Clinical Neurology and Neurosurgery, 94 (1992) 253-255 0 1992 Elsevier Science Publishers
B.V. All rights reserved
Iatrogenic acute spinal epidural abscess with septic meningitis: MR findings S. Shintani”, H. Tanakab, A. Irifune”, Y. Mitoh”, H. Udonod, A. Kanedad and T. Shiigai” Departments
of “Neurology, bAnesthesiology, ‘Dermatology, ‘Orthopedics, and “Internal Medicine, Toride Kyodo General Hospital,
Ibaraki, Japan (Received (Revised,
Summary A contaminated septic meningitis.
catheter used in epidural anesthesia in a 71-year-old female produced acute epidural abscess and Methicillin-resistant Staphylococcus aureus (MRSA) was detected in a culture of the epidural pus.
Both T,-and Tz-weighted MR images showed low intensity mass lesion compressing the thecal sac behind the vertebral body L,. The low intensity lesion was probably pus with gas component. In these low intensity lesions in MR findings with gas component, MR was superior to myelography because it visualized both the degree of compression to the thecal sac and extension of the lesion in all directions.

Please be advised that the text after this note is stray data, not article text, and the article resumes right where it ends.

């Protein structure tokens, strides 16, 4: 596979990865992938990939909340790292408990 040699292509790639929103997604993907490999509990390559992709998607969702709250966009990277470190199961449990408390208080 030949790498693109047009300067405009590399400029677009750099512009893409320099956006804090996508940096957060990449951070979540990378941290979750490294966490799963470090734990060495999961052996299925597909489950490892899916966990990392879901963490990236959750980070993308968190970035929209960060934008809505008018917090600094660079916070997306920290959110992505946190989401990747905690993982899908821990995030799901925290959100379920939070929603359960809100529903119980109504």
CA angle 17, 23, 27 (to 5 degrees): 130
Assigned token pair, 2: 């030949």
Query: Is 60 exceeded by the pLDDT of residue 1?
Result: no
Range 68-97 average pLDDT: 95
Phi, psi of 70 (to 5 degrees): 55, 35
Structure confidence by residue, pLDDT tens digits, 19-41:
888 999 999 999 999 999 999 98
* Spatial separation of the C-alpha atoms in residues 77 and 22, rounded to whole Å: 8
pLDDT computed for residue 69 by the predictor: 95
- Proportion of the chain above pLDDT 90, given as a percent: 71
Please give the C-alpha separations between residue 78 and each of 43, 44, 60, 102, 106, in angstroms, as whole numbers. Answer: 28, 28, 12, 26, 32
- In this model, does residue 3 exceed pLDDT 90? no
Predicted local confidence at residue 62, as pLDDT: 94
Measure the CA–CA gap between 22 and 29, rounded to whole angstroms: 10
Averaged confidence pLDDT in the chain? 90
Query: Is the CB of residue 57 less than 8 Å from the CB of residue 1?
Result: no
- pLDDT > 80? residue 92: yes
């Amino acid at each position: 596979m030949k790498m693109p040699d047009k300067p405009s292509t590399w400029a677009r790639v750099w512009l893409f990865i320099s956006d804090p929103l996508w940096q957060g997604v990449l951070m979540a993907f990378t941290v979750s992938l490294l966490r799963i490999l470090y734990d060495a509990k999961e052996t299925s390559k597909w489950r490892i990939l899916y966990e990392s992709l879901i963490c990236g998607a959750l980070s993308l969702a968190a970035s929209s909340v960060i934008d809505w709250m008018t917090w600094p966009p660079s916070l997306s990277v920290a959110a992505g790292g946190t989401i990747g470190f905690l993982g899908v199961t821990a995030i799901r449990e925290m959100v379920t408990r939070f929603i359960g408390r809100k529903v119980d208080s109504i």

sea, vomiting, fever, and somnolence. There were signs of meningeal irritation. Cranial nerves were intact. There
A previously healthy 71-year-old female had suffered from painful herpes zoster erythema located in a dermal L,-L, region in the left leg since October 6, 199 1. She was
was no paraparesis, but she had severe lumbago and percussion pain on L, and L, spinous processes. Therefore,
admitted to the department of dermatology on October 9. Epidural anesthesia was performed 2 days later by the anesthesiologist in order to reduce the neuralgia due to herpes zoster. A continuous epidural catheter was inserted from the L,/L, interlaminal space with a Tuohy needle, and the tip of the catheter was advanced 4 cm towards the cranium and located in the L, epidural space. From October 14 she developed severe headache, nau-
Correspondence to: Dr. S. Shintani, ride Kyodo Japan.
Toride City, Ibaraki
a diagnosis of meningitis and epidural infection, probably due to contamination of the epidural anesthesia catheter, was made. The catheter was immediately removed, and examined by bacterial and fungal cultures, Three days later methicillin-resistant Staphvlococcus aureus (MRSA) was detected in the culture. She was transferred from the department of dermatology to neurology on October 15, 1991. Laboratory examination revealed: 390 x 104/mm3 red blood cells (RBCs),